DENVER (Reuters) - Federal prosecutors appealed against a U.S. judge’s order on Tuesday allowing the release of a Colorado man held for more than five years while awaiting trial on charges of providing support to a suspected Islamist group in his native Uzbekistan.
The U.S. Attorney’s Office in Denver filed an emergency motion with the federal 10th Circuit Court of Appeals to halt the release of Jamshid Muhtorov.
The motion came four days after U.S. District Judge John Kane granted a motion by Muhtorov for his release pending his trial, which is set for early next year.
Muhtorov argued he should be given bail after repeated delays in the case violated his right to a speedy trial.
In their appeal, prosecutors said Muhtorov was “plainly a threat to the public and others,” and also posed a flight risk.
Muhtorov, 40, is accused of trying to smuggle smart phones and other electronic equipment to the Islamic Jihad Union (IJU), a Pakistan-based extremist group that opposes secular rule in Uzbekistan and seeks to install a government based on Islamic law.
He is not a U.S. citizen but has legal immigration status as a political refugee from Uzbekistan, prosecutors said. Muhtorov has lived in the Denver suburb of Aurora.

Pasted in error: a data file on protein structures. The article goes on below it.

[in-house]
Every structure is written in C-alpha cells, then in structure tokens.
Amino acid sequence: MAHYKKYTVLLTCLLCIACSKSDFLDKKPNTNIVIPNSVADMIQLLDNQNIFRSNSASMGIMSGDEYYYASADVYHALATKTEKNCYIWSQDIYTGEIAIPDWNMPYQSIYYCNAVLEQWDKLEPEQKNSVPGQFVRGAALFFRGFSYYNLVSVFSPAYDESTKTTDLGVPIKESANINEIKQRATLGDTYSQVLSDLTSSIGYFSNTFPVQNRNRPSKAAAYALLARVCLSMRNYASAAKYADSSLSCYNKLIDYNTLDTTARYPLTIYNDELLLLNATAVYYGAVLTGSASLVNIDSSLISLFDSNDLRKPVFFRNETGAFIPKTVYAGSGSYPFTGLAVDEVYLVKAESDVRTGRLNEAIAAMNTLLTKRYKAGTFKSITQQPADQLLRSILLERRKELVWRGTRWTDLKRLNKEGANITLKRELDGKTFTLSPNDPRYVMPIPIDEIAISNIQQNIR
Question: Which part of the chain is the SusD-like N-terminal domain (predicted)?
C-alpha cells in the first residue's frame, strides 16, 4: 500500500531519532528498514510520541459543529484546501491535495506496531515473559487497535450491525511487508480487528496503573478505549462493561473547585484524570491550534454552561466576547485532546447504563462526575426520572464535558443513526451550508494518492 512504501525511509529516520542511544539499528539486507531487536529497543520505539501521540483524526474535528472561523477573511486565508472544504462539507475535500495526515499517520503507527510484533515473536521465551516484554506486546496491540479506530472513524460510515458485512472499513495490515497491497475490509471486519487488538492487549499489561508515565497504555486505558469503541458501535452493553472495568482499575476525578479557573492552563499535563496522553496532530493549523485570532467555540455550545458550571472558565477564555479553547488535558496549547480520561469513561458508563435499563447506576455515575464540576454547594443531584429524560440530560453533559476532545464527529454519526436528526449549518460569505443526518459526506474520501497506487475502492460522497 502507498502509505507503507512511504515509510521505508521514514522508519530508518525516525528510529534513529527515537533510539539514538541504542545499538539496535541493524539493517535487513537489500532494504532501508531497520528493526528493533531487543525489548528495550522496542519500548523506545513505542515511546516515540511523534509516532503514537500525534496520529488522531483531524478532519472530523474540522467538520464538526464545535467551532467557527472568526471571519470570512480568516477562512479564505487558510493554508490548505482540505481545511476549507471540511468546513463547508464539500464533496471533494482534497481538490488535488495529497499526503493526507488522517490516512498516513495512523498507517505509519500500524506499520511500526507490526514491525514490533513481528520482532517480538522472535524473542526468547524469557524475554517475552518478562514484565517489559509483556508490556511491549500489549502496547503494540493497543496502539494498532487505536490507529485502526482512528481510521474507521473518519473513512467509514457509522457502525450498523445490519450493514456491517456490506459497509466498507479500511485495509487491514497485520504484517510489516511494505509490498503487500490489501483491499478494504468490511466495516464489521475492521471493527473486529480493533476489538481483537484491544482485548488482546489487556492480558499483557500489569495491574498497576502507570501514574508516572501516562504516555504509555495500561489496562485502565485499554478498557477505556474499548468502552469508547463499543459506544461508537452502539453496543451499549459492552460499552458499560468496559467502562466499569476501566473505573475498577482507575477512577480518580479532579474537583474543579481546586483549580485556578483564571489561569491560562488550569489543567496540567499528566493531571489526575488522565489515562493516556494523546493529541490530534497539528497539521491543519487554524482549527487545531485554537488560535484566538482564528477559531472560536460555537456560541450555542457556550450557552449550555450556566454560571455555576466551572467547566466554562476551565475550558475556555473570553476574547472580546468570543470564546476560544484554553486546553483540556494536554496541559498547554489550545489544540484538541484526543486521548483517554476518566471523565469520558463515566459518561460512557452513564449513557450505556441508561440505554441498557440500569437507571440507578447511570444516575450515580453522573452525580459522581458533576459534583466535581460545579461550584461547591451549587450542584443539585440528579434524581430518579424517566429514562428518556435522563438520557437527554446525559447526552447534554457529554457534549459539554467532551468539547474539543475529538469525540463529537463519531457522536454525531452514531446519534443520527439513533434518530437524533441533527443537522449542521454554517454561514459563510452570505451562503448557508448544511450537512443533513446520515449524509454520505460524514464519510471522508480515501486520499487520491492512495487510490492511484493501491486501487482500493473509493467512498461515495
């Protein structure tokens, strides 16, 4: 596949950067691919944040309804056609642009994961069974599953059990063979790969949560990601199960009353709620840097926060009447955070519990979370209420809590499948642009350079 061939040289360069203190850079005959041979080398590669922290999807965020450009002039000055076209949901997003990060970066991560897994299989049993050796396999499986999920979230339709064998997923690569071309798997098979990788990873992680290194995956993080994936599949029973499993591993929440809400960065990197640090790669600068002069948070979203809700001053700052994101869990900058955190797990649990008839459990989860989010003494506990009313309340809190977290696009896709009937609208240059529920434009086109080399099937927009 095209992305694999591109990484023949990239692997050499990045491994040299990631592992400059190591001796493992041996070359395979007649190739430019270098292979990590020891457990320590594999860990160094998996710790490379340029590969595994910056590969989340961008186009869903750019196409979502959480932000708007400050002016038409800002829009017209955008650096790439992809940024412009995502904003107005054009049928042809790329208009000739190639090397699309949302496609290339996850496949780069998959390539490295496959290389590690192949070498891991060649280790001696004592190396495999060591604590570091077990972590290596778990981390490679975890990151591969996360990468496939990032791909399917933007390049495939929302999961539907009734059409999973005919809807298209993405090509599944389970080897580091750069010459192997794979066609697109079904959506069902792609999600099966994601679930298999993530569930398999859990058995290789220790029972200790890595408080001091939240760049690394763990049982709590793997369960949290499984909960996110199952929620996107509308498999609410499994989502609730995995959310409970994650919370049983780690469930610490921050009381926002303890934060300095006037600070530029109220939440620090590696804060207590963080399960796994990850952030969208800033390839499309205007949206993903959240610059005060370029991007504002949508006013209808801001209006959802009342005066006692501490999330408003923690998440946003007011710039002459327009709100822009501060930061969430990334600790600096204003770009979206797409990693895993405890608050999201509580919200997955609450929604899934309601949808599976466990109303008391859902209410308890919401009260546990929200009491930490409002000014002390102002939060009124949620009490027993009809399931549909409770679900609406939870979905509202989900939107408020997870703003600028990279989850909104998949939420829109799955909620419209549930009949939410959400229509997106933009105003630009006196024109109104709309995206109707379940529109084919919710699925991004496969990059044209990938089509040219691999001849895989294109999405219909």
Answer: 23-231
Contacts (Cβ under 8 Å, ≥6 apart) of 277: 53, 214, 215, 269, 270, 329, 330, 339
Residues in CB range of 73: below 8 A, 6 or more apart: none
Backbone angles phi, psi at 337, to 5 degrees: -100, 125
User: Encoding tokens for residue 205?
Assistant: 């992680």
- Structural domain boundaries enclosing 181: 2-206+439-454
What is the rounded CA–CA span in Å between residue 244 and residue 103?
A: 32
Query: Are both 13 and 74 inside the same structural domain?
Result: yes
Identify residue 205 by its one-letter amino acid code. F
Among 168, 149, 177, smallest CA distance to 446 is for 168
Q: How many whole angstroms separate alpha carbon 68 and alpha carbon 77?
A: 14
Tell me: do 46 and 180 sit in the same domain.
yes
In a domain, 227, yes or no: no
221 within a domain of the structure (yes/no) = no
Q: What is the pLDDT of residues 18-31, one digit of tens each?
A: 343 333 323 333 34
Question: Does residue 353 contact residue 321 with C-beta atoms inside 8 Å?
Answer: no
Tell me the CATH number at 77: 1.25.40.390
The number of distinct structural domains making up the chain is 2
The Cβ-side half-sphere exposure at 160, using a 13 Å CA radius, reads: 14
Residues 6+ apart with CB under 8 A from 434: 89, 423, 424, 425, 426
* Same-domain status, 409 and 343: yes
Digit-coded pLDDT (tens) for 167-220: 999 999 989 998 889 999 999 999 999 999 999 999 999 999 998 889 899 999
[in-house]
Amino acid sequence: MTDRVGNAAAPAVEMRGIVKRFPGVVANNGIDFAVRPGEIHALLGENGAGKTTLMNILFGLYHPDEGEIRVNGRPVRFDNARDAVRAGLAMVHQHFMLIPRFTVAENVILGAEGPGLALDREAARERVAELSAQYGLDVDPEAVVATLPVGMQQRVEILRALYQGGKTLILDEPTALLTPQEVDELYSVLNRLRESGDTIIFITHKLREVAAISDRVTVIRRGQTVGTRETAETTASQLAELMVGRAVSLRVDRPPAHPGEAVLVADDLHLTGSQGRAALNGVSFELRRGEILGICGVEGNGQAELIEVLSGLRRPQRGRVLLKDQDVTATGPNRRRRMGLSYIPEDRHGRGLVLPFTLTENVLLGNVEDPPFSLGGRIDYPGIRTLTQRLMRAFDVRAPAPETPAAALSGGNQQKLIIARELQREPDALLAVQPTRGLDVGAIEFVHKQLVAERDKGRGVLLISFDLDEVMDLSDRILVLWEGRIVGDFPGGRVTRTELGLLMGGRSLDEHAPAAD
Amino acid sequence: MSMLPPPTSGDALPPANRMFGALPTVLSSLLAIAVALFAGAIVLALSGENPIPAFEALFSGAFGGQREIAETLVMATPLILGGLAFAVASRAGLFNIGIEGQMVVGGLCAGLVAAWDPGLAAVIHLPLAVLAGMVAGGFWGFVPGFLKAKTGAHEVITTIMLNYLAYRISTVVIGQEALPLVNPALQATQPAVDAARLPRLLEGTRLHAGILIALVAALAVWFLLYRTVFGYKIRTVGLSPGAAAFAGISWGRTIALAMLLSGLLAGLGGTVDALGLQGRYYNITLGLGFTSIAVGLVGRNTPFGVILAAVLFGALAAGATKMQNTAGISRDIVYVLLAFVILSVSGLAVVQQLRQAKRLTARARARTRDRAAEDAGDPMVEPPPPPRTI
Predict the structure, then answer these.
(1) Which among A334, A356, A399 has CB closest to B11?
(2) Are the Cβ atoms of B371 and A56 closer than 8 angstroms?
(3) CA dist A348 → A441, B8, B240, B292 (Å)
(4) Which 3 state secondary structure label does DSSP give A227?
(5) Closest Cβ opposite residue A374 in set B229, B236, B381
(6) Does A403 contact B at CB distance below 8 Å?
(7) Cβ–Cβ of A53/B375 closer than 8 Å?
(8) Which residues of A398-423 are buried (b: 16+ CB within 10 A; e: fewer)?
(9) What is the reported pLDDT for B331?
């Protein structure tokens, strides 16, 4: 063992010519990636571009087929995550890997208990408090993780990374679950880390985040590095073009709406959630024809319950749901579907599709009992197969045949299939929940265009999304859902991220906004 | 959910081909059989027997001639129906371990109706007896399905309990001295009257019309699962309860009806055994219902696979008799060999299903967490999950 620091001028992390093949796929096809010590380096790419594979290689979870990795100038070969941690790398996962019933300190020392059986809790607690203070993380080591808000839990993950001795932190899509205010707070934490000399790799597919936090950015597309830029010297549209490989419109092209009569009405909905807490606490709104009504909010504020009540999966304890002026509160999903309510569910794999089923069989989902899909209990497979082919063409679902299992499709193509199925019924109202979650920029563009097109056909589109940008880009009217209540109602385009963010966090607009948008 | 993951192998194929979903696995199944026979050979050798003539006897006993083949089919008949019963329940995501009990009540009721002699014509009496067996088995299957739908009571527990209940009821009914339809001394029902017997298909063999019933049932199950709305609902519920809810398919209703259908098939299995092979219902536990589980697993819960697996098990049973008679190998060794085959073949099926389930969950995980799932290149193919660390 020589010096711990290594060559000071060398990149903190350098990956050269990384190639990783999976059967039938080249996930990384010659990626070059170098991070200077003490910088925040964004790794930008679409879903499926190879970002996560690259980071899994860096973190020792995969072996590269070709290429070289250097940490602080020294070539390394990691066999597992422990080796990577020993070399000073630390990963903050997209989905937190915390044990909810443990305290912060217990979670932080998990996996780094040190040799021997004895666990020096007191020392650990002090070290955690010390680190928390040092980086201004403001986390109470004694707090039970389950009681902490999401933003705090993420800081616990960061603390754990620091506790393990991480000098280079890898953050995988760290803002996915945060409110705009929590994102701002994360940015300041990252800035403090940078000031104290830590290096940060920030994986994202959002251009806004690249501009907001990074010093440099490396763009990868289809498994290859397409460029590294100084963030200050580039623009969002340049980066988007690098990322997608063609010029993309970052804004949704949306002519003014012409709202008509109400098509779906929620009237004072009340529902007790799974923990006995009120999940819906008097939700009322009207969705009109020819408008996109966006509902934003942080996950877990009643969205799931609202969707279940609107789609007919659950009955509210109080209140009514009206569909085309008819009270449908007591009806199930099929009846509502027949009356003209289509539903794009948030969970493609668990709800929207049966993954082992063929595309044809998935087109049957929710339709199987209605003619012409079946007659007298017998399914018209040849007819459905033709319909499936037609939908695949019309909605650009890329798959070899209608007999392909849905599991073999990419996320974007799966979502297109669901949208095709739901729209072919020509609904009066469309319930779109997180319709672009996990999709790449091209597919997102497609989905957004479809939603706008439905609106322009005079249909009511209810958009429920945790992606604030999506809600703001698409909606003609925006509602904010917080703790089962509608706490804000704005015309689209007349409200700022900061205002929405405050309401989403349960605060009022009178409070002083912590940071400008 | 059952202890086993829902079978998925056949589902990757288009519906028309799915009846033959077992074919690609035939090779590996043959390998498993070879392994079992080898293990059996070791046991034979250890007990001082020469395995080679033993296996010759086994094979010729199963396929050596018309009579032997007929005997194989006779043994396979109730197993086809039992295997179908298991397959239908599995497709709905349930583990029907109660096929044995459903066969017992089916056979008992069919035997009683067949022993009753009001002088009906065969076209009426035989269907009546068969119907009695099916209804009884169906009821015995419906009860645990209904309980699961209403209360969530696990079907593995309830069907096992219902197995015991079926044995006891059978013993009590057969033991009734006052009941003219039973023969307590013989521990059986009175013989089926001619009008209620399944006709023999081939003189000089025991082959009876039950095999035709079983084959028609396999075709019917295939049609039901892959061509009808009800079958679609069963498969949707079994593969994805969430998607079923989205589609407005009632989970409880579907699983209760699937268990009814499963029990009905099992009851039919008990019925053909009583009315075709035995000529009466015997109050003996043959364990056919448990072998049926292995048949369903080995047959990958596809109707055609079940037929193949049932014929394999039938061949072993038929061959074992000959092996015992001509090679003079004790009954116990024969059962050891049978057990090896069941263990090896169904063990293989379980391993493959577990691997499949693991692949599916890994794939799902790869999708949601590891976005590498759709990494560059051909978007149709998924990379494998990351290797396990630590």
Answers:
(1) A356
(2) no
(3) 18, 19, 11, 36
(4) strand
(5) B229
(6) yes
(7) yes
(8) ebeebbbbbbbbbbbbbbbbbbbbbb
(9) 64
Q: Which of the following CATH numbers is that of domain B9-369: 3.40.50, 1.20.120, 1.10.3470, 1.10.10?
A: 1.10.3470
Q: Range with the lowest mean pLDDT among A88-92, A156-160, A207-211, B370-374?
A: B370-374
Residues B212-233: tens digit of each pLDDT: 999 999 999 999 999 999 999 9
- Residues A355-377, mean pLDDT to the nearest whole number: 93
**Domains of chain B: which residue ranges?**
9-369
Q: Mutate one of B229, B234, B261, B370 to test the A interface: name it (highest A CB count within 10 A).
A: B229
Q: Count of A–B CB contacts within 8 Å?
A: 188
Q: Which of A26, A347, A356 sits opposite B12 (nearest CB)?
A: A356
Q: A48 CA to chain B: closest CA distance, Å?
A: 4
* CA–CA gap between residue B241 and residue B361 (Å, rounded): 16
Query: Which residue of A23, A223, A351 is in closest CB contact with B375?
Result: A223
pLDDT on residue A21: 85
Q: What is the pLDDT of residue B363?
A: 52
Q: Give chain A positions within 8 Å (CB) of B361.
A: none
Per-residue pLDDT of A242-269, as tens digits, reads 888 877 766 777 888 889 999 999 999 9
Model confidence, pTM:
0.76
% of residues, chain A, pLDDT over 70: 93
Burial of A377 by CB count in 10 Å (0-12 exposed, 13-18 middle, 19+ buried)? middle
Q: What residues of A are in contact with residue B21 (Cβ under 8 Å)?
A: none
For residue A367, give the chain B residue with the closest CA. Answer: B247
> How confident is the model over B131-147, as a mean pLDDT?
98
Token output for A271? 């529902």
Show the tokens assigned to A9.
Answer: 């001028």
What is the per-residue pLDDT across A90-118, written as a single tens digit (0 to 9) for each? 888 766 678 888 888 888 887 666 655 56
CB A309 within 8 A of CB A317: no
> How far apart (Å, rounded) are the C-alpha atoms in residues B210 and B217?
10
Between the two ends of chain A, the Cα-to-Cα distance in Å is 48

He was arrested in January 2012 at Chicago’s O’Hare International Airport as he was attempting to board an overseas flight, according to an FBI arrest warrant affidavit.
The defendant had pledged allegiance to the IJU and promised to procure cash and satellite equipment for the group, prosecutors said.
“Given Muhtorov’s expressed desire to join the IJU and forward its mission of terrorism, he is also plainly a threat to the public and others under any form of release,” the government’s appellate motion said.
In agreeing to set bond conditions, Judge Kane said that, while Muhtorov’s purported jihadist views are “abhorrent,” he will have already spent six years in prison by the time he goes on trial, about the same amount of time he would likely serve if convicted. He faces a maximum 15 years in prison if convicted.
The judge cited Muhtorov’s family ties in Colorado and evidence that suggests his “bark was more serious than his bite.”
No one was killed or wounded in the plot, which was thwarted.
A gag order imposed by Kane prohibits lawyers from either side from discussing the case outside a courtroom.
Muhtorov’s lawyers had not filed a reply to the government’s motion by Tuesday evening, and it was unclear when the appellate court would rule.
Reporting by Keith Coffman in DENVER; Editing by Eric M. Johnson and Paul Tait